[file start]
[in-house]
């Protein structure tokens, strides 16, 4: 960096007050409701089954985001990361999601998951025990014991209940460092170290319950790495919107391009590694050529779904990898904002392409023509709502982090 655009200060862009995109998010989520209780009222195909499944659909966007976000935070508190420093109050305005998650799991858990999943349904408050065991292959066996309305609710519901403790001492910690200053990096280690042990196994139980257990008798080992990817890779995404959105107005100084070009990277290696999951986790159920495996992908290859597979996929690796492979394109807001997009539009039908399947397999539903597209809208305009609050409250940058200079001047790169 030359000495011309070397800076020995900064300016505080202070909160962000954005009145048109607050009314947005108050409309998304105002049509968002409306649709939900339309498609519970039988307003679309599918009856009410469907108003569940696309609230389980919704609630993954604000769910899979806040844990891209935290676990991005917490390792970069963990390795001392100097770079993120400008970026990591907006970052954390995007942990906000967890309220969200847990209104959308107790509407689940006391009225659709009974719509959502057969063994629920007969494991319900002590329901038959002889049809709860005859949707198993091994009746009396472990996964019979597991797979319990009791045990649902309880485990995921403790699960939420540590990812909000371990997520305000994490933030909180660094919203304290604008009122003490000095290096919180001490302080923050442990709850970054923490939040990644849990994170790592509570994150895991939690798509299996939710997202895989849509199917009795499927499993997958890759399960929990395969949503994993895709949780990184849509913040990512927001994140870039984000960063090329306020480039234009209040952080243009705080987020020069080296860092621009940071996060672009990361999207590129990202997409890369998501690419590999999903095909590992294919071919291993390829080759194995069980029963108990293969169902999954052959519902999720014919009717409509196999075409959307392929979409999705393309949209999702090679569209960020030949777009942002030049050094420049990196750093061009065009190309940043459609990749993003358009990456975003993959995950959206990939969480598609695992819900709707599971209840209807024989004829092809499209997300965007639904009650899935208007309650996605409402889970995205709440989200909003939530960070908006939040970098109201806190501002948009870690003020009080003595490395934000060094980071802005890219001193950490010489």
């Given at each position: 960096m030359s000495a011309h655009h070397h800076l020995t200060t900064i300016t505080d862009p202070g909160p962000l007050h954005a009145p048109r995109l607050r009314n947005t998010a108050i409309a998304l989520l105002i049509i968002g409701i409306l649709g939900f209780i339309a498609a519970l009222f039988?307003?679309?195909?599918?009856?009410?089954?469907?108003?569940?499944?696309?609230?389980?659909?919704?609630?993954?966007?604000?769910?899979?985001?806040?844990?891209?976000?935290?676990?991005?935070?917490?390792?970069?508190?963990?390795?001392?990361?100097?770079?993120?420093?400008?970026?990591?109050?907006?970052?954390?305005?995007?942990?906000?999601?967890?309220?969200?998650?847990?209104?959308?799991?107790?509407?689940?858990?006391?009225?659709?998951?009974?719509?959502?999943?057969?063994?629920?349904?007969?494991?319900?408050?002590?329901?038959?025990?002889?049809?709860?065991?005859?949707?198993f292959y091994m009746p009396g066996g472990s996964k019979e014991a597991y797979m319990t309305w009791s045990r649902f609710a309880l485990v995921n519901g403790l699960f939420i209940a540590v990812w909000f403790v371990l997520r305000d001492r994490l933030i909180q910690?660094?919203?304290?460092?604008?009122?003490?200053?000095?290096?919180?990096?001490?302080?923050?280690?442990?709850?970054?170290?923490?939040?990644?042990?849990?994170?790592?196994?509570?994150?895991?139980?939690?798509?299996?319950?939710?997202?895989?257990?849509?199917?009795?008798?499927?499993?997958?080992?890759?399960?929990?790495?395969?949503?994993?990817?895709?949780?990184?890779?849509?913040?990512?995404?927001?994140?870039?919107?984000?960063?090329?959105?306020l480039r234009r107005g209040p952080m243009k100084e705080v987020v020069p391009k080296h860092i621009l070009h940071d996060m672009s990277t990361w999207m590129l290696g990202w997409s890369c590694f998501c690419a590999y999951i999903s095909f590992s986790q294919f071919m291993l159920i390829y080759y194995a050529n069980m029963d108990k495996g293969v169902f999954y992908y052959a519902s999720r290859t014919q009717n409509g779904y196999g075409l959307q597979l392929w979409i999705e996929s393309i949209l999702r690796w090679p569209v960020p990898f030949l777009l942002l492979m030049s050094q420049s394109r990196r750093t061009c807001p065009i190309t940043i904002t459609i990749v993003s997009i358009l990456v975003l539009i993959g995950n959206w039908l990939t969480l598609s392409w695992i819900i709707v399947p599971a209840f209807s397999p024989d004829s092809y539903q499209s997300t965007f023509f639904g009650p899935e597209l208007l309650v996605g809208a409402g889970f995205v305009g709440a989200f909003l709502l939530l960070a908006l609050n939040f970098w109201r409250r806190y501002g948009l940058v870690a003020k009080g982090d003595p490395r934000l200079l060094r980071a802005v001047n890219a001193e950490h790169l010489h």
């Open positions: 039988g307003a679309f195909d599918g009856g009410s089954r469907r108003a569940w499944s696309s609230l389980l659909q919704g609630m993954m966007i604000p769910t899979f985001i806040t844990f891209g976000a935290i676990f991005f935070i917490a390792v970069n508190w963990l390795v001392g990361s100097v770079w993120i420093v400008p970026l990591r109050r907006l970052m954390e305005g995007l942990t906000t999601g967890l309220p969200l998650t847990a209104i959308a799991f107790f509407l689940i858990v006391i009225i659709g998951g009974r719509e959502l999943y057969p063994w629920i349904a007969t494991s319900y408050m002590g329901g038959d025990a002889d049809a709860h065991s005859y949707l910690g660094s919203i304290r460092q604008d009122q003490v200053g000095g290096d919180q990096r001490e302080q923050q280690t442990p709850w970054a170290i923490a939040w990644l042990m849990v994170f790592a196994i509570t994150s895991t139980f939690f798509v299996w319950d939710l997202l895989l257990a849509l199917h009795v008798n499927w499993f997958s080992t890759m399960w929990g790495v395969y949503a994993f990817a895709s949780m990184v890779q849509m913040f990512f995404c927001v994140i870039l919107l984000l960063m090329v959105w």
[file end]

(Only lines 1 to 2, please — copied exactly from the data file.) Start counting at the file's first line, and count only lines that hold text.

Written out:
[in-house]
């Protein structure tokens, strides 16, 4: 960096007050409701089954985001990361999601998951025990014991209940460092170290319950790495919107391009590694050529779904990898904002392409023509709502982090 655009200060862009995109998010989520209780009222195909499944659909966007976000935070508190420093109050305005998650799991858990999943349904408050065991292959066996309305609710519901403790001492910690200053990096280690042990196994139980257990008798080992990817890779995404959105107005100084070009990277290696999951986790159920495996992908290859597979996929690796492979394109807001997009539009039908399947397999539903597209809208305009609050409250940058200079001047790169 030359000495011309070397800076020995900064300016505080202070909160962000954005009145048109607050009314947005108050409309998304105002049509968002409306649709939900339309498609519970039988307003679309599918009856009410469907108003569940696309609230389980919704609630993954604000769910899979806040844990891209935290676990991005917490390792970069963990390795001392100097770079993120400008970026990591907006970052954390995007942990906000967890309220969200847990209104959308107790509407689940006391009225659709009974719509959502057969063994629920007969494991319900002590329901038959002889049809709860005859949707198993091994009746009396472990996964019979597991797979319990009791045990649902309880485990995921403790699960939420540590990812909000371990997520305000994490933030909180660094919203304290604008009122003490000095290096919180001490302080923050442990709850970054923490939040990644849990994170790592509570994150895991939690798509299996939710997202895989849509199917009795499927499993997958890759399960929990395969949503994993895709949780990184849509913040990512927001994140870039984000960063090329306020480039234009209040952080243009705080987020020069080296860092621009940071996060672009990361999207590129990202997409890369998501690419590999999903095909590992294919071919291993390829080759194995069980029963108990293969169902999954052959519902999720014919009717409509196999075409959307392929979409999705393309949209999702090679569209960020030949777009942002030049050094420049990196750093061009065009190309940043459609990749993003358009990456975003993959995950959206990939969480598609695992819900709707599971209840209807024989004829092809499209997300965007639904009650899935208007309650996605409402889970995205709440989200909003939530960070908006939040970098109201806190501002948009870690003020009080003595490395934000060094980071802005890219001193950490010489």